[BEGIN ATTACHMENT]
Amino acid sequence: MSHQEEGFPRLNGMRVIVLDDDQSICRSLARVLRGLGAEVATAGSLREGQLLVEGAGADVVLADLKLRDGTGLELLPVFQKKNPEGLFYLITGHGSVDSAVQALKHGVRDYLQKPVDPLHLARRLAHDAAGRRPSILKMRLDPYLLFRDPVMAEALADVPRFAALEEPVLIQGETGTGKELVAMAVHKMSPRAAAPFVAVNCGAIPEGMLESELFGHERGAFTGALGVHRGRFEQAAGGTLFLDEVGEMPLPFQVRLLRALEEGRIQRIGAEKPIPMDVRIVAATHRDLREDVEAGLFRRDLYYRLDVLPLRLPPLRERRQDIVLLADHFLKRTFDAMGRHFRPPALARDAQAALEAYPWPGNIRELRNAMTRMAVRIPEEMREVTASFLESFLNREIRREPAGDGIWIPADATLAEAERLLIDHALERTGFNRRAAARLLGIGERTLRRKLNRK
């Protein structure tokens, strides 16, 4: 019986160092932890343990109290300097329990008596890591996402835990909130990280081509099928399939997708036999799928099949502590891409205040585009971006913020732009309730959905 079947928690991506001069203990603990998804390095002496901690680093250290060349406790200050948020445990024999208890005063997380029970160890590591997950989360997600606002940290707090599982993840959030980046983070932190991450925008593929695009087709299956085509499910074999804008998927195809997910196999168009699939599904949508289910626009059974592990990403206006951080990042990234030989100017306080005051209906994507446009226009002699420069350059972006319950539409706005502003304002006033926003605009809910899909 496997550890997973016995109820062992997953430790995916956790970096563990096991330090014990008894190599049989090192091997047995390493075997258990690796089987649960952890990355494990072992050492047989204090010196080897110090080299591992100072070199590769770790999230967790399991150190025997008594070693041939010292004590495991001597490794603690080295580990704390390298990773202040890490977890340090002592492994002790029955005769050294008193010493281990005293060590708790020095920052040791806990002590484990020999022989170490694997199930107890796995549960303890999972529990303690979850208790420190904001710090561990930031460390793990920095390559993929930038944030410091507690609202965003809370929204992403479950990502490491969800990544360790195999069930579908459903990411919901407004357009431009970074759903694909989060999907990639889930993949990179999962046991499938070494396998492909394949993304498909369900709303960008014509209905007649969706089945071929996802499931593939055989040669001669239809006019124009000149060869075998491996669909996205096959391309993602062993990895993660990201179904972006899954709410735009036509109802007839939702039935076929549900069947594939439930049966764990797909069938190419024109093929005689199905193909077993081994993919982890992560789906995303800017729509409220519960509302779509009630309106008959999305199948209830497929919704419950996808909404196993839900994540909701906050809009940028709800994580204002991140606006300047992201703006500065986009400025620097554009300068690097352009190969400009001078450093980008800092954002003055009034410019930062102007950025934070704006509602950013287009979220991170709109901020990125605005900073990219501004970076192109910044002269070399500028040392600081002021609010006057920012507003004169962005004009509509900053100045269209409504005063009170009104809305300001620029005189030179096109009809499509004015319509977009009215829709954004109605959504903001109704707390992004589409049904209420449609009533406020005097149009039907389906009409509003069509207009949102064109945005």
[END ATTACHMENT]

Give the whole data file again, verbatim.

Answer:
Amino acid sequence: MSHQEEGFPRLNGMRVIVLDDDQSICRSLARVLRGLGAEVATAGSLREGQLLVEGAGADVVLADLKLRDGTGLELLPVFQKKNPEGLFYLITGHGSVDSAVQALKHGVRDYLQKPVDPLHLARRLAHDAAGRRPSILKMRLDPYLLFRDPVMAEALADVPRFAALEEPVLIQGETGTGKELVAMAVHKMSPRAAAPFVAVNCGAIPEGMLESELFGHERGAFTGALGVHRGRFEQAAGGTLFLDEVGEMPLPFQVRLLRALEEGRIQRIGAEKPIPMDVRIVAATHRDLREDVEAGLFRRDLYYRLDVLPLRLPPLRERRQDIVLLADHFLKRTFDAMGRHFRPPALARDAQAALEAYPWPGNIRELRNAMTRMAVRIPEEMREVTASFLESFLNREIRREPAGDGIWIPADATLAEAERLLIDHALERTGFNRRAAARLLGIGERTLRRKLNRK
């Protein structure tokens, strides 16, 4: 019986160092932890343990109290300097329990008596890591996402835990909130990280081509099928399939997708036999799928099949502590891409205040585009971006913020732009309730959905 079947928690991506001069203990603990998804390095002496901690680093250290060349406790200050948020445990024999208890005063997380029970160890590591997950989360997600606002940290707090599982993840959030980046983070932190991450925008593929695009087709299956085509499910074999804008998927195809997910196999168009699939599904949508289910626009059974592990990403206006951080990042990234030989100017306080005051209906994507446009226009002699420069350059972006319950539409706005502003304002006033926003605009809910899909 496997550890997973016995109820062992997953430790995916956790970096563990096991330090014990008894190599049989090192091997047995390493075997258990690796089987649960952890990355494990072992050492047989204090010196080897110090080299591992100072070199590769770790999230967790399991150190025997008594070693041939010292004590495991001597490794603690080295580990704390390298990773202040890490977890340090002592492994002790029955005769050294008193010493281990005293060590708790020095920052040791806990002590484990020999022989170490694997199930107890796995549960303890999972529990303690979850208790420190904001710090561990930031460390793990920095390559993929930038944030410091507690609202965003809370929204992403479950990502490491969800990544360790195999069930579908459903990411919901407004357009431009970074759903694909989060999907990639889930993949990179999962046991499938070494396998492909394949993304498909369900709303960008014509209905007649969706089945071929996802499931593939055989040669001669239809006019124009000149060869075998491996669909996205096959391309993602062993990895993660990201179904972006899954709410735009036509109802007839939702039935076929549900069947594939439930049966764990797909069938190419024109093929005689199905193909077993081994993919982890992560789906995303800017729509409220519960509302779509009630309106008959999305199948209830497929919704419950996808909404196993839900994540909701906050809009940028709800994580204002991140606006300047992201703006500065986009400025620097554009300068690097352009190969400009001078450093980008800092954002003055009034410019930062102007950025934070704006509602950013287009979220991170709109901020990125605005900073990219501004970076192109910044002269070399500028040392600081002021609010006057920012507003004169962005004009509509900053100045269209409504005063009170009104809305300001620029005189030179096109009809499509004015319509977009009215829709954004109605959504903001109704707390992004589409049904209420449609009533406020005097149009039907389906009409509003069509207009949102064109945005």